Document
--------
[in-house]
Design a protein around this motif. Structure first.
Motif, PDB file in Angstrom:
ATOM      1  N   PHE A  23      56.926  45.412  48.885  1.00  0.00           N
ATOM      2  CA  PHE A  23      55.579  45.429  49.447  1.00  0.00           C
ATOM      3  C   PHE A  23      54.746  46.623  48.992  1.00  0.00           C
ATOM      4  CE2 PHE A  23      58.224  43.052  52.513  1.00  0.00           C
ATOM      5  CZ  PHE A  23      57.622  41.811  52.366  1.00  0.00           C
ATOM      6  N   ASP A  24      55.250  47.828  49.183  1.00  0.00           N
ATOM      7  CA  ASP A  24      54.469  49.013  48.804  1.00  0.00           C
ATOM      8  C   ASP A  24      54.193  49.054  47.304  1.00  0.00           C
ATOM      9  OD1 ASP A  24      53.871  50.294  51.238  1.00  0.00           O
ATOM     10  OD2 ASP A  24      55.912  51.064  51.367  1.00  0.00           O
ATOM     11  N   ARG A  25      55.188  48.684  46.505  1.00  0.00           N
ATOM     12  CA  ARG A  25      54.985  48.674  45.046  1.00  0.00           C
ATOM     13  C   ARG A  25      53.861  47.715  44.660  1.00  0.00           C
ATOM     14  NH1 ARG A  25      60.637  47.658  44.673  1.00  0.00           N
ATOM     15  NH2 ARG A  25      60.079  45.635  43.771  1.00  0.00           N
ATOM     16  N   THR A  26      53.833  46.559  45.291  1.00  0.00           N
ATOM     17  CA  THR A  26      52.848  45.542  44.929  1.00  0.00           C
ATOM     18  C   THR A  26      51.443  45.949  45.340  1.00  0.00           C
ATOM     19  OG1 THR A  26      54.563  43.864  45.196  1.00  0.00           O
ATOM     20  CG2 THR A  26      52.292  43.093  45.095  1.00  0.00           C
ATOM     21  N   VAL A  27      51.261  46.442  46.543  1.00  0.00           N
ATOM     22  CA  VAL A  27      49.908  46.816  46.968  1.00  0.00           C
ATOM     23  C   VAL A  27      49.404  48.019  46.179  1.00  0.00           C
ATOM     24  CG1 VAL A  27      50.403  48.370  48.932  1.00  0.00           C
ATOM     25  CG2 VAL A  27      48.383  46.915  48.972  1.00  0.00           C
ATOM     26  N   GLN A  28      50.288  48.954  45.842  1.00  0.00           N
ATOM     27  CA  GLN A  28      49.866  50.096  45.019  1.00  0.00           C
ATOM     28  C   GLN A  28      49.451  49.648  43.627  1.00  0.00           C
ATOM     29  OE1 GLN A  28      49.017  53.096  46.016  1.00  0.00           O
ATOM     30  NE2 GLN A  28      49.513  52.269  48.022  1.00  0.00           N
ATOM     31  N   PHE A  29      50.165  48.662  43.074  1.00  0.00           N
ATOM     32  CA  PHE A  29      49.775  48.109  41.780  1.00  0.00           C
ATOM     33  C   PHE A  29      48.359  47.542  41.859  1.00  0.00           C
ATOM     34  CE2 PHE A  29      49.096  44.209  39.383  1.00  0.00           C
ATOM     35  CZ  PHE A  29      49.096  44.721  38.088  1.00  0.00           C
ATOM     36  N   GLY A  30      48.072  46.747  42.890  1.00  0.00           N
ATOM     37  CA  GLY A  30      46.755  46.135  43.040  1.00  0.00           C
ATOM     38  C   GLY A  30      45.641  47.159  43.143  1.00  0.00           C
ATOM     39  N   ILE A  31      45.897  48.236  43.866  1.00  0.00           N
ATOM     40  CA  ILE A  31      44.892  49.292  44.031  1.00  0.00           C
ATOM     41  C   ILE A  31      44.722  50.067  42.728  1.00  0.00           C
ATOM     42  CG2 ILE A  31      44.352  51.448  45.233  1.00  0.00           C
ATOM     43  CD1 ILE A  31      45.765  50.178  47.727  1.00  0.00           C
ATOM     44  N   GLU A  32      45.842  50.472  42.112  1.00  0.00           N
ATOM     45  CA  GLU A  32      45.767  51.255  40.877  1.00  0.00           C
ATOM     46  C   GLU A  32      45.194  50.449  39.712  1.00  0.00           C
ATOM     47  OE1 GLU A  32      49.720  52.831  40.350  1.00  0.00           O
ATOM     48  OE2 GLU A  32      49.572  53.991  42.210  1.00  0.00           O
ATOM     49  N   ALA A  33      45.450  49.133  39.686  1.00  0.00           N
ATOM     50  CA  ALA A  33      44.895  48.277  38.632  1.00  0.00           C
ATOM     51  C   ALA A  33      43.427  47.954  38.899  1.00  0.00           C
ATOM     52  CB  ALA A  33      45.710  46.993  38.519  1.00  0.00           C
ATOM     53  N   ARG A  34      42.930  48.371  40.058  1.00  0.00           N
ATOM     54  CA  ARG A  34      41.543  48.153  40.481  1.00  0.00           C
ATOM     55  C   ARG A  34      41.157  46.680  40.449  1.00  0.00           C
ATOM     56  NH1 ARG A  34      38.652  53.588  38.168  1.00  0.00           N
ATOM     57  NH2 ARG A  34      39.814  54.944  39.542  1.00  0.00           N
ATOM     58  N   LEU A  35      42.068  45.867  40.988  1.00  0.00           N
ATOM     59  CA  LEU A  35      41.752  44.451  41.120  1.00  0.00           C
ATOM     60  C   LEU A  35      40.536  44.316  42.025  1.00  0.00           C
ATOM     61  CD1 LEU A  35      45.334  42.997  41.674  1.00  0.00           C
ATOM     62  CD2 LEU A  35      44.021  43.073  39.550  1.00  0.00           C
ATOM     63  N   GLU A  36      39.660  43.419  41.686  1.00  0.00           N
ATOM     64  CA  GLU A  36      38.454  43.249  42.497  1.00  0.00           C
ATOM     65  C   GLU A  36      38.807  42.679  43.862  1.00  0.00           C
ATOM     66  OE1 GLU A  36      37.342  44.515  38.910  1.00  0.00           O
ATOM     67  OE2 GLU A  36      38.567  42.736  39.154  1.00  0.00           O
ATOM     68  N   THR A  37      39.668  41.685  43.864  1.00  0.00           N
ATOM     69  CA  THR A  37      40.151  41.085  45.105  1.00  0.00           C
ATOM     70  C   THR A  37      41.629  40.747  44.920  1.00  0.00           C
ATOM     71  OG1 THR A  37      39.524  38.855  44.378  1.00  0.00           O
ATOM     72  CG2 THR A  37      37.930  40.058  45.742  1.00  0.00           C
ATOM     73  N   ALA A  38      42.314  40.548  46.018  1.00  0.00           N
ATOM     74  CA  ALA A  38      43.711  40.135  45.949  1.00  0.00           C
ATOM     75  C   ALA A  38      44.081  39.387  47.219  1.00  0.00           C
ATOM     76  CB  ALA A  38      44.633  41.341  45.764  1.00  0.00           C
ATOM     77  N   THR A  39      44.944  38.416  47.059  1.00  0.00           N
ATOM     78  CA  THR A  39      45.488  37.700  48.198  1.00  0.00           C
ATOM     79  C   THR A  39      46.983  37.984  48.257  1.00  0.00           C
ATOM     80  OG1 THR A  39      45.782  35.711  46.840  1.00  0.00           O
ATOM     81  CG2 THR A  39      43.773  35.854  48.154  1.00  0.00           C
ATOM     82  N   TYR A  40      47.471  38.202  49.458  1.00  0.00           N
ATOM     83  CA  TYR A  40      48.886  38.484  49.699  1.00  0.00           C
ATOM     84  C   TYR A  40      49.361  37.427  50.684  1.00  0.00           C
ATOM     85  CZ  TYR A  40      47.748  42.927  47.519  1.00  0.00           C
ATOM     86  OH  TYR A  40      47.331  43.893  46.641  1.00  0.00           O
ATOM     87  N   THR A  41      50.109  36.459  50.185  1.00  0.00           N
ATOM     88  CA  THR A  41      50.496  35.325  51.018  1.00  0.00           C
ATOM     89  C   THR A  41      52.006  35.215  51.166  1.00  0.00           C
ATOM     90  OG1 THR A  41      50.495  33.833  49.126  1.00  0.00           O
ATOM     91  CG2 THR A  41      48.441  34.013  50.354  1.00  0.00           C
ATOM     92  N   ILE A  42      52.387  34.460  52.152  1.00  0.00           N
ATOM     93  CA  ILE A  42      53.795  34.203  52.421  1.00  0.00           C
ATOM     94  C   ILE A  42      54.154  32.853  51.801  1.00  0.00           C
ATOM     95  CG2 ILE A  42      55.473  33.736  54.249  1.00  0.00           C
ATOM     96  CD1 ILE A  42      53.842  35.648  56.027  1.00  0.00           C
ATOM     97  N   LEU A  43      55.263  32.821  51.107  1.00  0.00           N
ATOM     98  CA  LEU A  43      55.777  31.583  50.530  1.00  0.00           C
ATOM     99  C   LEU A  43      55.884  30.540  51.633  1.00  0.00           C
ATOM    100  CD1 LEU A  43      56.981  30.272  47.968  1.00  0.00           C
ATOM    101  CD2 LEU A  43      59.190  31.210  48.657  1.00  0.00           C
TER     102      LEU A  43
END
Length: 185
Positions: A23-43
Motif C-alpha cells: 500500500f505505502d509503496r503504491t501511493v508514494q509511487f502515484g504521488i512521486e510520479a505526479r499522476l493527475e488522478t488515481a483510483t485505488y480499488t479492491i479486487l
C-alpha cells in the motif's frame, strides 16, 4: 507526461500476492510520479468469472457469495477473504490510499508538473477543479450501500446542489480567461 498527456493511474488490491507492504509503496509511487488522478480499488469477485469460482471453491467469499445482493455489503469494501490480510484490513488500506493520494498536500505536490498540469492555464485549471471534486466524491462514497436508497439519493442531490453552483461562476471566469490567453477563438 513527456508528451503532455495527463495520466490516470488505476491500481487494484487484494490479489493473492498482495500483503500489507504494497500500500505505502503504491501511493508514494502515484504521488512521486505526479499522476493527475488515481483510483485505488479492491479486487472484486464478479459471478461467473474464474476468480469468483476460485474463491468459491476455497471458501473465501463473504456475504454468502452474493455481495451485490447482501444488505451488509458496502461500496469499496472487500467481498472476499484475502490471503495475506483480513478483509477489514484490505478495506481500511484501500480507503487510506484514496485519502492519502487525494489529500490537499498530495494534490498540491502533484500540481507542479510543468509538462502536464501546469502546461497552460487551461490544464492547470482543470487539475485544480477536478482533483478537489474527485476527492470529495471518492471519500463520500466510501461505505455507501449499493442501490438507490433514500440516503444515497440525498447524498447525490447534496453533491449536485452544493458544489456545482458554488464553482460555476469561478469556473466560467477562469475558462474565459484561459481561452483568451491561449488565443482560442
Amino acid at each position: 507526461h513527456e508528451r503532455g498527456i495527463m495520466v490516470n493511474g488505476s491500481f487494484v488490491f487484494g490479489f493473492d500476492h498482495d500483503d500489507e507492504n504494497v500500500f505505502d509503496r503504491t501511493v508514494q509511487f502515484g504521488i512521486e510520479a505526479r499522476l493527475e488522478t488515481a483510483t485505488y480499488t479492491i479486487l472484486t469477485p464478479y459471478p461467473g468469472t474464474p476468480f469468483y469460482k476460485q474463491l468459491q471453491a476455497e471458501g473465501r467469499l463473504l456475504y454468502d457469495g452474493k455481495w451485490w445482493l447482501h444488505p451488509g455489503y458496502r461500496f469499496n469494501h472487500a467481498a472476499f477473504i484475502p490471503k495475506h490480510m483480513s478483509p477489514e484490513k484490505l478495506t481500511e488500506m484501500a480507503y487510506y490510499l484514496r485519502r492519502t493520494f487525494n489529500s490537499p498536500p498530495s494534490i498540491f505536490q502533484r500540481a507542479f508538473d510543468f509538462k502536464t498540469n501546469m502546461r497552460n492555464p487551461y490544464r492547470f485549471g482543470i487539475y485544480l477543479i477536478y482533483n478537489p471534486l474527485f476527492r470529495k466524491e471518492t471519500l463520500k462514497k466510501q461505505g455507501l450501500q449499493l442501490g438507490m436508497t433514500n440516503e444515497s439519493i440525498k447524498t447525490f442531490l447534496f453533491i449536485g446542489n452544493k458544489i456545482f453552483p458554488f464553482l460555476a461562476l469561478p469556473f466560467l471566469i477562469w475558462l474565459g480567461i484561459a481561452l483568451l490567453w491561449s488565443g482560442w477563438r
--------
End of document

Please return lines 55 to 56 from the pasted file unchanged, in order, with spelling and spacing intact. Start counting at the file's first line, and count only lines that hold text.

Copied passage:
ATOM     52  CB  ALA A  33      45.710  46.993  38.519  1.00  0.00           C
ATOM     53  N   ARG A  34      42.930  48.371  40.058  1.00  0.00           N